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Flomerics goes to Mentor

Published 04 July 2008

Posted by Al Dean

Article tagged with: autodesk, acquisition, flomerics, mentor graphics

It seems that raising its bid by 17% (to around $60 million) got Mentor Graphics got Flomerics after all. In one of the most public attempts to sell an organisation for a while, the electronics engineering specialist finally got hold of all that lovely CFD code that it wanted so badly. This follows Flomerics trying to sell itself to Autodesk and them not really being interested.

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PTC execs cash out if acquired

Published 02 July 2008

Posted by Al Dean

Article tagged with: ptc, acquisition, cornelius, cash

Roopinder at dug out an interesting article in the Boston Business Journal. Apparently, PTC has been through a “change-in-control policy” that stumps up serious cash to the executives running the company if it is ever sold. we’re talking a share of $1.9 million. what’s also interesting is that this is a 10 percent increase in the $18 million already promised to those executives.

In specifics, it seems that the payments would go to CEO C Richard “Dick” Harrrison, CFO Cornelius “Neil” Moses III, Chief Product Officer Jim Heppelman and two other EVPs. Harrison alone would net over $15 million.

But what really amazed me was that someone would have the name Cornelius and not use it.

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HyperShot V 1.5 is ready to rock

Published 01 July 2008

Posted by Al Dean

Article tagged with: solidworks, rendering, rhino, bunkspeed, proengineer, hypershot, apple, mac osx, visualization

Sextant Navigation Eye2It Media Console courtesy of Pixelmathematics

Bunkspeed has launched HyperShot V 1.5 with new key enhancements being interaction with all major 3D solid and surface modelling products, as well as even brighter, more realistic photographs rendered even faster from 3D models.

How are they doing that? Let’s break it down. Faster Performance is gained through improved real-time raytracing (done with quicker self shadow calcs), better real-time handling of materials on objects without texture coordinates and a cached material library, which will display all materials instantly. And end results are going to be improved with sharper shadows and texture maps in the final rendering and better turntable animation in HyperShot Pro (for the record, I think the turntable animation tools should be in all of the offerings. No pun intended). The translators have also been worked on support for Rhinoceros both on the Mac and Windows, better support for Pro/Engineer Wildfire 4 and better SolidWorks and IGES support.

Since I was 16, I’ve been fighting with creating realistic looking renders based on accurate CAD data. While many industry pundits love to talk up the amount of time they’ve spent looking at this software we called CAD, the only reason I say this is that I know exactly how long it takes to create the type of imagery you can see here, and its too dammed long - HyperShot solves many of those bottlenecks. There’s a full review of HyperShot 1.5 in this months DEVELOP3D - so reg up and get your copy. If you’ve already done so, then enter your email address and read at your leisure - there are five copies of HyperShot Web to be won as well, along with a whole host of other goodies.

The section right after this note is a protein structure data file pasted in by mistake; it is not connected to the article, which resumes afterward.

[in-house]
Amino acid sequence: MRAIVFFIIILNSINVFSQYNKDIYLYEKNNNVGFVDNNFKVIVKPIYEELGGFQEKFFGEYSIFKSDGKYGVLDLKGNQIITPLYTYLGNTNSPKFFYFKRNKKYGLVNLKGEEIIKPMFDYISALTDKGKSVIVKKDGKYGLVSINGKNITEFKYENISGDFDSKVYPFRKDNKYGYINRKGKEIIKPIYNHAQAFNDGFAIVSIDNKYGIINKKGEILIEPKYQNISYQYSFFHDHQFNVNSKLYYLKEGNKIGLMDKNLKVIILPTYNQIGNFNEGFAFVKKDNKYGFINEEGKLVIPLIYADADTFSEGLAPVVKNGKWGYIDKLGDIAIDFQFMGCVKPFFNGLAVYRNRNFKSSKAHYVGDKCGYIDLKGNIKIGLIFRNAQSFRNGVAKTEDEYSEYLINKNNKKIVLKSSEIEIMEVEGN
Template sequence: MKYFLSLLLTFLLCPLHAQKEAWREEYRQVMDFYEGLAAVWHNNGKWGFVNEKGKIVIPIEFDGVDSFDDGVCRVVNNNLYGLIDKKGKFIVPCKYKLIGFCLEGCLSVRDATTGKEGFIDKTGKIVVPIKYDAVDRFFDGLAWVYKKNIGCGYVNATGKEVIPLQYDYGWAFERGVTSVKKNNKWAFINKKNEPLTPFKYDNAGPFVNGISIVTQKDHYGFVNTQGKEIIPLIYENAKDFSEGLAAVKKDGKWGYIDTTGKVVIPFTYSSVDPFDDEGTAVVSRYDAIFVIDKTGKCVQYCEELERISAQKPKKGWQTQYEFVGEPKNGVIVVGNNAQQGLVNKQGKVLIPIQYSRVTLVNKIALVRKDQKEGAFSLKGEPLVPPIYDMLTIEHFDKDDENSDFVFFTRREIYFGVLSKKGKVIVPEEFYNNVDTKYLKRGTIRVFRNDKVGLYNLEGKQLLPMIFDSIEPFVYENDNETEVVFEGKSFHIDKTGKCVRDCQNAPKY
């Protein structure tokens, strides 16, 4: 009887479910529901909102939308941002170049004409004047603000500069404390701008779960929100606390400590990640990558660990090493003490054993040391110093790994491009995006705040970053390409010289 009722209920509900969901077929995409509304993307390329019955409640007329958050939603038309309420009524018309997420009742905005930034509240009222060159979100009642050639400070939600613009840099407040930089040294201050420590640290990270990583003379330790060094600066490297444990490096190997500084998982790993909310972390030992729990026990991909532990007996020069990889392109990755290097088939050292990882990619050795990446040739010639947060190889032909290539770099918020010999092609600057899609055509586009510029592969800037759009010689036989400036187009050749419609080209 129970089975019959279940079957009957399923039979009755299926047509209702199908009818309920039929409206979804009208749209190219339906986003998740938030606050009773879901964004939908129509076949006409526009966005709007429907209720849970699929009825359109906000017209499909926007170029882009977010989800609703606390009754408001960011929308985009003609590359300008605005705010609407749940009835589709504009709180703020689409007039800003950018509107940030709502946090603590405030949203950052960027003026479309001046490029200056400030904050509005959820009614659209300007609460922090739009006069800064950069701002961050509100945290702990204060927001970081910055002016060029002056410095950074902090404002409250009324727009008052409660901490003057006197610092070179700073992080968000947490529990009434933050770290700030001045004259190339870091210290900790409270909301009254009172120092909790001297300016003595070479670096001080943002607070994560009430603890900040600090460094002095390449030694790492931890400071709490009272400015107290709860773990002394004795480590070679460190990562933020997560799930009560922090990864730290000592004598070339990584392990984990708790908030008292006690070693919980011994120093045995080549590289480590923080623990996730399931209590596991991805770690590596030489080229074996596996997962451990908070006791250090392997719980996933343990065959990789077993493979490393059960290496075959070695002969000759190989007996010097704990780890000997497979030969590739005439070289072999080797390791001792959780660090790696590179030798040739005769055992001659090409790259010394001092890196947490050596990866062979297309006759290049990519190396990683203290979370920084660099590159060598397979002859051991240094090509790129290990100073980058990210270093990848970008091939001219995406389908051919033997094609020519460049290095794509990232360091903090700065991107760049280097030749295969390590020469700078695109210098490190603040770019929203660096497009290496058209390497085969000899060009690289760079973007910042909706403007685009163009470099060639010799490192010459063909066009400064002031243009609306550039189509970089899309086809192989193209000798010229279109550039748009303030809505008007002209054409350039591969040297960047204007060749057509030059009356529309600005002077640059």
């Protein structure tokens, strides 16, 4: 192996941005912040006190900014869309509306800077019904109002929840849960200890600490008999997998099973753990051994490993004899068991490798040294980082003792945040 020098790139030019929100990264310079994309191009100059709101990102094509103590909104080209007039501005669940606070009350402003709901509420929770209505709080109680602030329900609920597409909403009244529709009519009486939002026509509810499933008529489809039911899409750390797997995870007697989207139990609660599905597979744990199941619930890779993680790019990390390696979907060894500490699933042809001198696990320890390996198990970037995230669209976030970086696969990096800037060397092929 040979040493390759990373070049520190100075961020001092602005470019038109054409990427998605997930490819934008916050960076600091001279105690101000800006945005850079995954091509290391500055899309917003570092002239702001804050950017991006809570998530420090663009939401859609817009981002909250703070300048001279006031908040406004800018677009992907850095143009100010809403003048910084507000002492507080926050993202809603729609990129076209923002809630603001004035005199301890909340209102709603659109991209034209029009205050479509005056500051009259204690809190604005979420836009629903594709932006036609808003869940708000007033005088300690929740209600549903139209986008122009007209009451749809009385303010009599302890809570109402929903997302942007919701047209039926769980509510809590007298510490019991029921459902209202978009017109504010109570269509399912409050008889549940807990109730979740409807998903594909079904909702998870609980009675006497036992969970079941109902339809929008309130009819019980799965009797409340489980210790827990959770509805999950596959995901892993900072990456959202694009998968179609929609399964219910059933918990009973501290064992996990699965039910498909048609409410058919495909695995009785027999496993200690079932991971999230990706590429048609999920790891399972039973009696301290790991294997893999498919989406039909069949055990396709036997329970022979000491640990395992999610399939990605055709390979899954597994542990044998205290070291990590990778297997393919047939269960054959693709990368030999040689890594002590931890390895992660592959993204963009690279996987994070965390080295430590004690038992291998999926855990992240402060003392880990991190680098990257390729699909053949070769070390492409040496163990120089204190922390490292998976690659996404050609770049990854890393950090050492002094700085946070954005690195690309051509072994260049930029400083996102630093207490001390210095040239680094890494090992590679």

Oh and its time to confess, we f&*ked up: the cost of the Pro version is not 10 grand, but a much more reasonable 3,495 USD - sorry Thomas.

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Blue Ridge launches CFdesign v10

Published 01 July 2008

Posted by Al Dean

Article tagged with: simulation, solidworks, design, catia, solid edge, nx, inventor, proengineer, cfd, spaceclaim

The image above shows simulation results from a Quick Natural Convection on LED light design shown with CFdesign v10 new user interface - nifty looking eh?

Blue Ridge Numerics (at 1pm, UK time today to be exact), released details of the latest release of its CFD application, CFDesign. The big ticket items for this rev seem to be a new user interface, greater CAD integration, better design review features and interactive void filling and external volume creation.

Interesting, UI changes aside (which look pretty good as you can see), the CAD associativity interested me. There are two schools of thought here. To built the app directly within the CAD interface, or to build it standalone and provide tight links. The two are not always as clear-cut as they seem. In all fairness, CFDesign has always been in the Standalone/integrated camp and this release sees that worked on with the ability to extract much more from the CAD data, such as model orientation, part and background, part names and material properties. Blue Ridge also talks about mapping of mouse functions. I guess that this means the user will load CAD data from their workhorse tool and the system can be set to mimic the user interaction methods of that CAD system. Also of interest is the new multi-view mode, which allows you to work with different analysis results sets and have the system synchronise the panning, zooming and rotation of the views. Other updates include interactive void filling and external volume creation meaning you don’t have to do it your CAD system.

Lastly, Blue Ridge has also introduce CFD-tv which provides users with “on-demand, task-specific training in a Web 2.0 format that will appeal to multi-tasking engineers who want to add CFD to their armory.” Apparently, each CFD-tv episode is a short video segment led by a CFdesign power user intended to answer commonly asked questions.

There will of course be a full, indepth review of CFDesign 10 in the next issue of DEVELOP3D - so make sure you sign up for a subscription.

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